According to The Verge, the “panic button” has been added to the safety center menu on the app’s main page, and is labelled: “911 assistance.” After confirming you intended to do that (presumably to cut down on pocket dials), the app will link you with emergency dispatchers. It was tested earlier in India and is now rolling out in the US.
In some cities, Uber is also testing location-sharing. Dispatchers will receive information on your trip, as well as your driver’s car.
Uber’s new CEO, Dara Khosrowshahi, is taking steps to address the company’s questionable (shall we say) reputation when it comes to safety. Earlier this year, it came to light women accusing Uber drivers of sexual assault were attempting to free themselves from the company’s policy of forced internal arbitration. This month, Uber announced it would no longer hold individual victims to that policy, nor would it require them to keep their silence after the fact.
It also teased the 911 button in the same announcement:
But we didn’t stop there: we’ve added a feature that allows riders to share live trip information with up to five trusted contacts, so there are multiple sets of eyes on each ride. And we’re rolling out a new emergency button in the app that can automatically communicate the car’s location to a 911 center.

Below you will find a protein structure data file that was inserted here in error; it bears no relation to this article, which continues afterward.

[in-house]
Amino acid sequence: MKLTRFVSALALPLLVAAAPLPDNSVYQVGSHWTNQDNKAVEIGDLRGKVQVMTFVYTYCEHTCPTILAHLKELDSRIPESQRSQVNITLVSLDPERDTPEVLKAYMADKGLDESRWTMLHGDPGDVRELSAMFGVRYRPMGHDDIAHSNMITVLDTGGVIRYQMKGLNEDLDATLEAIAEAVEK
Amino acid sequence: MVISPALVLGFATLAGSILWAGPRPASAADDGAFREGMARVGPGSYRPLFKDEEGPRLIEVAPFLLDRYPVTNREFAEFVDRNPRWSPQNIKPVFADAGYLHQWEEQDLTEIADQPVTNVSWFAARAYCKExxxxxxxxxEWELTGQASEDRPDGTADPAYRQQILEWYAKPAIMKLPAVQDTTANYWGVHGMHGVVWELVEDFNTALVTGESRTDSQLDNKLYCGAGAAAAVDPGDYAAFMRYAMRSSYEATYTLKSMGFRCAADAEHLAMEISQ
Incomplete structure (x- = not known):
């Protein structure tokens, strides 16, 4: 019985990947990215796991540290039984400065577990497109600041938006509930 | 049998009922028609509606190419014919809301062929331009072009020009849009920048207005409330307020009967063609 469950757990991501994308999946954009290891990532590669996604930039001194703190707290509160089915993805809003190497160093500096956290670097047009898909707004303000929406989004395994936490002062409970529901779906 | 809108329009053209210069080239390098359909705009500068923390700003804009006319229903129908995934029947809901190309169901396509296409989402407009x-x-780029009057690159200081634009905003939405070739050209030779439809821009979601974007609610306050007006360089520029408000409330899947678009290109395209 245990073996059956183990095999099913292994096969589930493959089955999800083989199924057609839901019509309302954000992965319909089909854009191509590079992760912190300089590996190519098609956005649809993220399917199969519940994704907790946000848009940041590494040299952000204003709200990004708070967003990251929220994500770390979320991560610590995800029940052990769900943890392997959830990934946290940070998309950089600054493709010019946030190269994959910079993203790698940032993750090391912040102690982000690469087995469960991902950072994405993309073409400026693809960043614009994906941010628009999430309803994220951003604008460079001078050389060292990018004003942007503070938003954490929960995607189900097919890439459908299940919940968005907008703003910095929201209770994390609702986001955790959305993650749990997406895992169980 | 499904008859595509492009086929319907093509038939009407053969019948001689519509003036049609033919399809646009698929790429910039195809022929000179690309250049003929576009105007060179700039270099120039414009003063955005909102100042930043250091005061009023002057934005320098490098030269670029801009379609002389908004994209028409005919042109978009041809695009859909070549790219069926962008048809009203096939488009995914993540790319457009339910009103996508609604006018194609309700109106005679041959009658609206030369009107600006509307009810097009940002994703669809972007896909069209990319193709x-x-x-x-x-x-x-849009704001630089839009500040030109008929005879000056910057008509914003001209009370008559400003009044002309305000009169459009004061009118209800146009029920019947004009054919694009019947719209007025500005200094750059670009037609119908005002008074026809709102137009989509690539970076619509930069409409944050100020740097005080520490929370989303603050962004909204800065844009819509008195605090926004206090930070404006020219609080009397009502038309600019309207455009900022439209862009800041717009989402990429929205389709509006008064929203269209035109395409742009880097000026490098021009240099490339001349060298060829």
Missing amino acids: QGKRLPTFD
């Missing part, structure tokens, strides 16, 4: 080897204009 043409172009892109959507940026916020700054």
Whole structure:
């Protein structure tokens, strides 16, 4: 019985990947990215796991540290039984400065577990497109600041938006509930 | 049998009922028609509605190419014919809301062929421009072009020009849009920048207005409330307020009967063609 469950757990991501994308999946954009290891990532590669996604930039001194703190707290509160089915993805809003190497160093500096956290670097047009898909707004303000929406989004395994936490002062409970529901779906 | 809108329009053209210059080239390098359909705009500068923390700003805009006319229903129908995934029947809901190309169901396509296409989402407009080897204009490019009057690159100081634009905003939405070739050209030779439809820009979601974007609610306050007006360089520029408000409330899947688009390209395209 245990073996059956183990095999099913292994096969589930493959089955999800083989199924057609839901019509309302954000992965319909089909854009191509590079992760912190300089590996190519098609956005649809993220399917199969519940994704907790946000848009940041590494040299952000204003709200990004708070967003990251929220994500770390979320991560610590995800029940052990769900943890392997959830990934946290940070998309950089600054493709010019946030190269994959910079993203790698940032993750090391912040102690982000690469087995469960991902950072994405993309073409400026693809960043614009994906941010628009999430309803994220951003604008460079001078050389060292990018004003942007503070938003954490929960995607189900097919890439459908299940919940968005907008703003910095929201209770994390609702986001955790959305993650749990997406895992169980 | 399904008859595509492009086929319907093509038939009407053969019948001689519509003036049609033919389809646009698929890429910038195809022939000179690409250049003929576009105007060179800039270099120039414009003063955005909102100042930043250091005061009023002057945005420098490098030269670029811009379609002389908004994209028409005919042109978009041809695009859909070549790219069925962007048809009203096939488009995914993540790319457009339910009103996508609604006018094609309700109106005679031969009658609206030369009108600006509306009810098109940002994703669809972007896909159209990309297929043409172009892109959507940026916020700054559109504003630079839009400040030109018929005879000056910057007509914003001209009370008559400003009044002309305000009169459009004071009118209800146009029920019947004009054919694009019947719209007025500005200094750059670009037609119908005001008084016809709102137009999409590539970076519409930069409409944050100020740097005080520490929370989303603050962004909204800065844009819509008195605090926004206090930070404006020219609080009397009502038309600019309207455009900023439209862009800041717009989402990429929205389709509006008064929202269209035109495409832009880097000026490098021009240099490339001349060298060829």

Having the panic button call 911 for you begs the question of why someone wouldn’t just call 911 themselves — and I’m sure, for most, that’ll still be their first instinct. Still, there are a couple of advantages to having the option baked into the app as well.
First, if you’re in an Uber, then there’s a good chance you’ve got the app open already. Whenever I’ve used an Uber, I keep the app open just to make sure the driver is actually heading to the destination (no offense, former drivers). So if for some reason they started heading someplace I didn’t ask to go, it’d be much more expedient for me to swipe once to get to the option, as opposed to pulling up my keypad and dialing 911 — and this is a situation where expedience is key.
Second, Uber’s ability to track its drivers and riders may prove invaluable for helping dispatchers find you in a crisis. After being taken to task for allowing such extensive data to be used for ill — it was only recently the company stopped giving drivers a complete record of every passenger’s pick-up and drop-off points — it’d be good to see such data put in the hands of those who might use it for positive ends.
And hey, one can never be too cautious.